HIBERT, one of the major advantages of the HIBERT model is that it can handle long documents by breaking them down into individual sentences and then summarizing them into a coherent whole. This allows it to generate summaries that are more accurate and informative than other models. The HIBERT model has achieved state-of-the-art performance on several benchmark datasets for text summarization, including the CNN/Daily Mail and New York Times datasets [11].

PNBERT, In PNBERT model the sentence encoder is instantiated with a CNN layer. The LSTM-based structure and the Transformer structure were investigated at the level of document encoder. For the Decoder, both auto-regressive (Pointer Network) and non-auto-regressive (Sequence Labeling) architectures were investigated. PNBERT has achieved state-of-the-art results on CNN/Daily Mail by a large margin based.

An Additional difference, BERTSUM uses interval segmentation embeddings to distinguish multiple sentences [12].

DiscoBERT is a pre-trained transformer model based on BERT To perform compression with extraction simultaneously and reduce redundancy acrosss sentences, DISCOBERT takes elementary discourse unit (EDU), ca sub-sentential phrase unit originating from RST as the minimal selection unit (instead of sentence) as candidates for extractives election. To capture the long-range dependencies among discourse units, structural discourse graphs are constructed based on RST trees and coreference mentions, encoded with Graph Convolutional Networks. This model achieves new state-of-the-art on two popular news wire text summarization datasets (CNN/DailyMail and NYT), outperforming other BERT-based models [13].

BERTSum is a variant model of BERT, which uses fine tuning layers to add document-based context from the BERT outputs for extractive summarization [15]. The main difference between BERT and BERTSUM is the change of the input format, in which, a [CLS] token is added at the start of each sentence to separate multiple sentences and to collect features of the preceding sentence.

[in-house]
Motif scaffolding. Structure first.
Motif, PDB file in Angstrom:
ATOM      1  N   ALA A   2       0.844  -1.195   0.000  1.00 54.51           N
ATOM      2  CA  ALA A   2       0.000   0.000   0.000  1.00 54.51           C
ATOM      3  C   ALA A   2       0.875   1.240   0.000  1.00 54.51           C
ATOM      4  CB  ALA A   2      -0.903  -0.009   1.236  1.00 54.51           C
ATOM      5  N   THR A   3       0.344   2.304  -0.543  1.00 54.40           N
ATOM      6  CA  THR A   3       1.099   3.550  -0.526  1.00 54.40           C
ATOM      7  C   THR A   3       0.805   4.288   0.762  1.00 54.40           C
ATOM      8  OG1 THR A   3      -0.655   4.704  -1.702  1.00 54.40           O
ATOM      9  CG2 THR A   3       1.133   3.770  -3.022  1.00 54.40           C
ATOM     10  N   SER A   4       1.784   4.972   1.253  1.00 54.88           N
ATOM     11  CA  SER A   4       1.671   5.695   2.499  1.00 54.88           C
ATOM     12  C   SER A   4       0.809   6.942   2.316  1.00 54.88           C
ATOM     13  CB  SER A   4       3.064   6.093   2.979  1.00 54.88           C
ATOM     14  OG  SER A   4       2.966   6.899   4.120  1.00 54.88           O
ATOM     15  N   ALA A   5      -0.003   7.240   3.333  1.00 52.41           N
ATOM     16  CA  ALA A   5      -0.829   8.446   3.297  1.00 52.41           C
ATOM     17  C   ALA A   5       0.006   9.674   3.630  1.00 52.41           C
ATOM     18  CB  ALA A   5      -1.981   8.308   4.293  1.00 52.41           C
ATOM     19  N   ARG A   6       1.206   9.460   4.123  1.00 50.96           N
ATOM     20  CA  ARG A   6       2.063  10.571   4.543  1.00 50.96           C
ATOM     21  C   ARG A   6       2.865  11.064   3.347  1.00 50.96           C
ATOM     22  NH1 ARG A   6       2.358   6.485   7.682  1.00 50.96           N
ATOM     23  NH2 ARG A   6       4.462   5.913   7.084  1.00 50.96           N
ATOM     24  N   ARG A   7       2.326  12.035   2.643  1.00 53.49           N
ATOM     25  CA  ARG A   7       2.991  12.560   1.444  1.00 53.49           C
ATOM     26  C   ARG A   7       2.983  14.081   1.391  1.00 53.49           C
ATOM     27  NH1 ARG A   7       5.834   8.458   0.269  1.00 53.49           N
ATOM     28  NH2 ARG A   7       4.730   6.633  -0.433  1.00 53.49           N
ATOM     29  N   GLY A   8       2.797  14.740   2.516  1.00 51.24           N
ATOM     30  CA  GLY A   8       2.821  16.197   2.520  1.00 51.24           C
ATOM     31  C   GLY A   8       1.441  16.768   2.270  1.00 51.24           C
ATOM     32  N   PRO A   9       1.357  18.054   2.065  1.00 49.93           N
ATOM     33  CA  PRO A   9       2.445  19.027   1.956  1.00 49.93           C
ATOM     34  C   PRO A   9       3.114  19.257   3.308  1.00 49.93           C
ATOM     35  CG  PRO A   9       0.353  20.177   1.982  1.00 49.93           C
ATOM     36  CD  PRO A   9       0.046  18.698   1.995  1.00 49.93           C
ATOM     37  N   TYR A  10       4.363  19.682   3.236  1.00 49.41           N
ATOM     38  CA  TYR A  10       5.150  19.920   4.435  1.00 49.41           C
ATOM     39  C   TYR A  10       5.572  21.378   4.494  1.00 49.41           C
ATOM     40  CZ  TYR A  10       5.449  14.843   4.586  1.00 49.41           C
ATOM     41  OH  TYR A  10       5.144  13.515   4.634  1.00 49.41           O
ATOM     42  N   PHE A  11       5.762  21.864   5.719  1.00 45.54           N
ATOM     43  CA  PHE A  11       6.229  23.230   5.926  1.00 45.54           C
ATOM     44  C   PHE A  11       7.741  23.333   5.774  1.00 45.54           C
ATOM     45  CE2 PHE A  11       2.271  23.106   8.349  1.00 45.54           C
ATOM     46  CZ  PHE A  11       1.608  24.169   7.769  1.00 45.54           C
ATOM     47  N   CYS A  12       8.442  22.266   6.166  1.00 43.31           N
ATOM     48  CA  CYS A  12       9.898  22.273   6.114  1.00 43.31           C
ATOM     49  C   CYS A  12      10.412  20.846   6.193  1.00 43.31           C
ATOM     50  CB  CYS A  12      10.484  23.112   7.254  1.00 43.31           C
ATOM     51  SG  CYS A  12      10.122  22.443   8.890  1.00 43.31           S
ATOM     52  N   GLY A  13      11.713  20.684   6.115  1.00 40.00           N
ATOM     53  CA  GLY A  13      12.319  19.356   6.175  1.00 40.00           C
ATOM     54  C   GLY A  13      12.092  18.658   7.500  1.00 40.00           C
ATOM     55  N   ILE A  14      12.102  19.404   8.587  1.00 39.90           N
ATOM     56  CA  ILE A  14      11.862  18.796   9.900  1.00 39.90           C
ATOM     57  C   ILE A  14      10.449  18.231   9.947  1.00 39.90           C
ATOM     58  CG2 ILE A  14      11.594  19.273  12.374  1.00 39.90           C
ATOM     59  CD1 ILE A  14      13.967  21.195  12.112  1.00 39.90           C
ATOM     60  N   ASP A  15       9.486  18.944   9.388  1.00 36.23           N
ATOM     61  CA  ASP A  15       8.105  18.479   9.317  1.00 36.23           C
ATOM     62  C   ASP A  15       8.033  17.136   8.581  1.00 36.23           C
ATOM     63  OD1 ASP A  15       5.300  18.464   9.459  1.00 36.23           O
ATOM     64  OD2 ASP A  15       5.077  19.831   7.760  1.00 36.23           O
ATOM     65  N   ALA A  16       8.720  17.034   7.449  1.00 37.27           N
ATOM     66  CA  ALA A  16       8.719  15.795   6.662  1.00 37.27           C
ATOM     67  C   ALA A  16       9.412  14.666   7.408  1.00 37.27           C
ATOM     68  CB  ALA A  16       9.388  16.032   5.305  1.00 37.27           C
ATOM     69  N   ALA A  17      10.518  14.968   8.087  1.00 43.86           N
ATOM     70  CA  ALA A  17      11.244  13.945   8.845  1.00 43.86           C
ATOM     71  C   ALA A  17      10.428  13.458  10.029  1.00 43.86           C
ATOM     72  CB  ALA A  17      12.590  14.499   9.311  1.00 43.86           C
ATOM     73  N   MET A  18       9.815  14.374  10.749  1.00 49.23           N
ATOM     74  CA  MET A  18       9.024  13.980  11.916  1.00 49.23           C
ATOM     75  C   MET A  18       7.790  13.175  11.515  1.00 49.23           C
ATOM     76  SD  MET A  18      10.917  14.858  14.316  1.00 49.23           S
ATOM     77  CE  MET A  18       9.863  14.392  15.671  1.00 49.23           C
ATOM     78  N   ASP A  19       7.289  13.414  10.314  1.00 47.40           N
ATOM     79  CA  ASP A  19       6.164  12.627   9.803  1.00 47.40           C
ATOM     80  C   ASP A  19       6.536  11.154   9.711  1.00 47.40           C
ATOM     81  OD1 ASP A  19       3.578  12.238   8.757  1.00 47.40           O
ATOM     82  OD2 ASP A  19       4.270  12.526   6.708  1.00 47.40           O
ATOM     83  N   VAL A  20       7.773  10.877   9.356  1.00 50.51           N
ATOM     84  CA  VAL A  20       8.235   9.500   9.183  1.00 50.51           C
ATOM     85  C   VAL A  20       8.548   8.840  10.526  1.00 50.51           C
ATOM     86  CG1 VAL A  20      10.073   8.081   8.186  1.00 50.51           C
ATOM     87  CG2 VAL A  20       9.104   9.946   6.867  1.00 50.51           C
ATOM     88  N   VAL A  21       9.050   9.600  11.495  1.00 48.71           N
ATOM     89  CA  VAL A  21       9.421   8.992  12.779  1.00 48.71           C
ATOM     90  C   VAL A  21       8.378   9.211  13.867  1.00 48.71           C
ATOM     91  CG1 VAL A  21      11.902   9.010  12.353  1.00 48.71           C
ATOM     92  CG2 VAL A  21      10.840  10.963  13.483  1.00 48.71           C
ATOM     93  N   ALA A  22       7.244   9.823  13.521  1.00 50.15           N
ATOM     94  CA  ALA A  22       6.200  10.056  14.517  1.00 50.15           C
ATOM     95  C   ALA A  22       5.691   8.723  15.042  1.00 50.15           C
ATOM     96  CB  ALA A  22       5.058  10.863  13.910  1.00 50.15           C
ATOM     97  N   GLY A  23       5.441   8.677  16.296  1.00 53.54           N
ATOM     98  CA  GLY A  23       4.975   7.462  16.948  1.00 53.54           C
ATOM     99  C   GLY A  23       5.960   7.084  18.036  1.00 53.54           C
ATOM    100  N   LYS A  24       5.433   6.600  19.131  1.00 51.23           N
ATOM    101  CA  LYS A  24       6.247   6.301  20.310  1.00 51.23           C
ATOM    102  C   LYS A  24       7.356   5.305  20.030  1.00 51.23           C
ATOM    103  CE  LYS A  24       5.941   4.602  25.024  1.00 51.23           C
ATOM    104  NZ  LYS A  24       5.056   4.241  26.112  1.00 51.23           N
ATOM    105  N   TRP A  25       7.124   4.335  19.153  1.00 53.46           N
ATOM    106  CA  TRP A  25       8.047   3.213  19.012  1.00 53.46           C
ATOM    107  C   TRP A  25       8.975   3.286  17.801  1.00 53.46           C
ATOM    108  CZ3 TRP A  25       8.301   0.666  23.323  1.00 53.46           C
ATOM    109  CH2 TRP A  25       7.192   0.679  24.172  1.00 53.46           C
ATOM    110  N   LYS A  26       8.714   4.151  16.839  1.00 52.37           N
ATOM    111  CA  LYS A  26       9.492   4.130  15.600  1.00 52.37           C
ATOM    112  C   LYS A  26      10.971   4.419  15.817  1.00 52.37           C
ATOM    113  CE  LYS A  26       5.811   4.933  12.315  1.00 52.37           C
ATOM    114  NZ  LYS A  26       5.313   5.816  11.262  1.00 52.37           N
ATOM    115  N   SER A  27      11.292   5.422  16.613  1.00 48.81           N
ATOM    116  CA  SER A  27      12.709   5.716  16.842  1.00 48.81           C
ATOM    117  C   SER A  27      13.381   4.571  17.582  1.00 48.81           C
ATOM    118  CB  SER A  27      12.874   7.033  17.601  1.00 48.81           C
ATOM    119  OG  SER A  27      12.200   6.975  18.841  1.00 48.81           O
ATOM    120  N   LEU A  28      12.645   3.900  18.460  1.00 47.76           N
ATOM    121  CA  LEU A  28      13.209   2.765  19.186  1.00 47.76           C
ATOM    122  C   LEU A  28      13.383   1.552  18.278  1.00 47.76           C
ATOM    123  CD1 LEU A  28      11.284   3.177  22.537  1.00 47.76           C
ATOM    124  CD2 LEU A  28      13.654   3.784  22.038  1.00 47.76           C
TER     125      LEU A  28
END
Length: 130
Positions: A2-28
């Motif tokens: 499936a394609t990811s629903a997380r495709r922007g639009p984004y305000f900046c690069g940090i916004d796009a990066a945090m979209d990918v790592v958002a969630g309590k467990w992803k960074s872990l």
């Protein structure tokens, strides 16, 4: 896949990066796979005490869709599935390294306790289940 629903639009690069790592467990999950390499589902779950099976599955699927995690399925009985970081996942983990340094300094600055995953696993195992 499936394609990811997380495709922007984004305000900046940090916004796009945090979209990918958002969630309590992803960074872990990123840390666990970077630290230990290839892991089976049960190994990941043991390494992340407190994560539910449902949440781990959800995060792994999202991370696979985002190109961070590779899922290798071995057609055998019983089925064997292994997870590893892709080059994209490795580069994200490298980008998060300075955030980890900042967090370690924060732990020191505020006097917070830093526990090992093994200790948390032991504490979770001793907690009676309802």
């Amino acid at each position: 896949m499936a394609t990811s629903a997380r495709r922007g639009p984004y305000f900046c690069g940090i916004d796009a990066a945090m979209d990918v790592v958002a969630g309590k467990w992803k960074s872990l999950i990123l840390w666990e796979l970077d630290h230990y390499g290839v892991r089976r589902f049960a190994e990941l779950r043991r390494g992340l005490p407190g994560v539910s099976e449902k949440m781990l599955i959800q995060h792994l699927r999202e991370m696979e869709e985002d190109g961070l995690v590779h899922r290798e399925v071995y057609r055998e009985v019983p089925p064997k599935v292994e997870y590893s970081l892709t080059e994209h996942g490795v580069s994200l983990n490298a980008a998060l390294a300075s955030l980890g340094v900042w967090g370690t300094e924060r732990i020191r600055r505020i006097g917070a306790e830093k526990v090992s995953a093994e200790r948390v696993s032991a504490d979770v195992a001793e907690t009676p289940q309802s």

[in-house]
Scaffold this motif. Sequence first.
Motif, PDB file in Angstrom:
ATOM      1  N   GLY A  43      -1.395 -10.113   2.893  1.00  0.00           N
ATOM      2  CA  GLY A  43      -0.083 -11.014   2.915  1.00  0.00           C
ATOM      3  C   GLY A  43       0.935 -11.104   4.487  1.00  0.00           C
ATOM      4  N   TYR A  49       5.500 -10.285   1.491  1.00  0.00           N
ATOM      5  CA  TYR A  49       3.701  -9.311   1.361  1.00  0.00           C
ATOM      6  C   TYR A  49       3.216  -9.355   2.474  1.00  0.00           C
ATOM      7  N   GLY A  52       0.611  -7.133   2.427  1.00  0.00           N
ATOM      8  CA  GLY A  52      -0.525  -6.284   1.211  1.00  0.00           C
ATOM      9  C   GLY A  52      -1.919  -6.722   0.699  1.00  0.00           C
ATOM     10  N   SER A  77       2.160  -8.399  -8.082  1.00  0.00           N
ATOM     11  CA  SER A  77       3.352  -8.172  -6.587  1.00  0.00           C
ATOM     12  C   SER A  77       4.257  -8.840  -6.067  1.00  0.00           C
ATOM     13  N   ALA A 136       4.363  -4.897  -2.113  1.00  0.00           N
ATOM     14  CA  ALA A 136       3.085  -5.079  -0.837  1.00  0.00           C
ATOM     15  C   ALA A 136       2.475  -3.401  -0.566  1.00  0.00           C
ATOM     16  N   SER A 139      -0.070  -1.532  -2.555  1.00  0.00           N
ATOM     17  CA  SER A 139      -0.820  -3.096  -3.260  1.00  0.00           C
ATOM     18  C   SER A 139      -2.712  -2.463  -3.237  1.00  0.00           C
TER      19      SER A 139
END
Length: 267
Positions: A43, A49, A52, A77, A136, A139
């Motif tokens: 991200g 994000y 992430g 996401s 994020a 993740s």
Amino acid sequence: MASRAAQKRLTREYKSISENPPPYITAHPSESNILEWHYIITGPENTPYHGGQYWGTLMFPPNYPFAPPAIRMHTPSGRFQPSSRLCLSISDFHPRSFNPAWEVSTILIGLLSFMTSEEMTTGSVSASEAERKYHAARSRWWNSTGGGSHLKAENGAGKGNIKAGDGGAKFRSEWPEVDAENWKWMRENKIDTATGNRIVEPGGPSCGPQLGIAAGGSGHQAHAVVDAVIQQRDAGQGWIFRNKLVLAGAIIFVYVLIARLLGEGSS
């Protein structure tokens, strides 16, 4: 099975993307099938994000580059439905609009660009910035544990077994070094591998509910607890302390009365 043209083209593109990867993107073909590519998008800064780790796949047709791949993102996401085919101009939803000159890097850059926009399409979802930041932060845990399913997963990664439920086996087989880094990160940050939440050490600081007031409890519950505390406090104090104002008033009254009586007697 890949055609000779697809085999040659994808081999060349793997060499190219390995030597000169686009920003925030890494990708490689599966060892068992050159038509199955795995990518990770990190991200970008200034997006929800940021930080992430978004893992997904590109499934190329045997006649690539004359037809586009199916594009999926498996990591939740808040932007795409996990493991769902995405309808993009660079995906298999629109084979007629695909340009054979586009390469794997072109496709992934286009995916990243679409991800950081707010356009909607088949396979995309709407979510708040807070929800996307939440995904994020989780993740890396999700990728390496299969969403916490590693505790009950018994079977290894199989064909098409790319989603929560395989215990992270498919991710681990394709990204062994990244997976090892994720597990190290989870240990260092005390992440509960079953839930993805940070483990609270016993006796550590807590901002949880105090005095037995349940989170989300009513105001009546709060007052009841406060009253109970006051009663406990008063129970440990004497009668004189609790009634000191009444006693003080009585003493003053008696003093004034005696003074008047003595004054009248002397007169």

Fig. 1. BERT and BERTSUM model

An Additional difference, BERTSUM uses interval segmentation embeddings (illustrated in red and green color) to distinguish multiple sentences [16].

Fig. 2. BERT and BART model

In comparison with BERT, BART have two differences: (1) each layer of the decoder additionally performs cross-attention over the final hidden layer of the encoder (as in the transformer sequence-to-sequence model); and (2) BERT uses an additional feed-forward network before word prediction, which BART does not.

3. The Proposed Method

BART, Bidirectional Auto Regressive Transformer with an architecture and pre-training strategy is a denoising auto-encoder built with a sequence-to-sequence model that is applicable to a very wide range of end tasks. BART is particularly effective when fine tuned for text generation but also works well for comprehension tasks [17]. While BERT corresponds to the encoder part only, we have to train a decoder for our specific task, BART contains an encoder encoder like in BERT and an auto regressive decoder like GPT. BART can be used for multiple tasks: token masking, tokens detection, text infilling, sentence permutation, and document rotation.

3.1. Prior knowledge

For document d={s1, s2, …, sn} with n sentences, the prior knowledge of the document is understood as the importance level of each sentence in document d. Existing knowledge (Prior Knowledge) is defined as a matrix = [n х n] initialized from text d through some operations calculating sentence similarity. In which, each value A represents the semantic correlation between sentence si and sentence sj.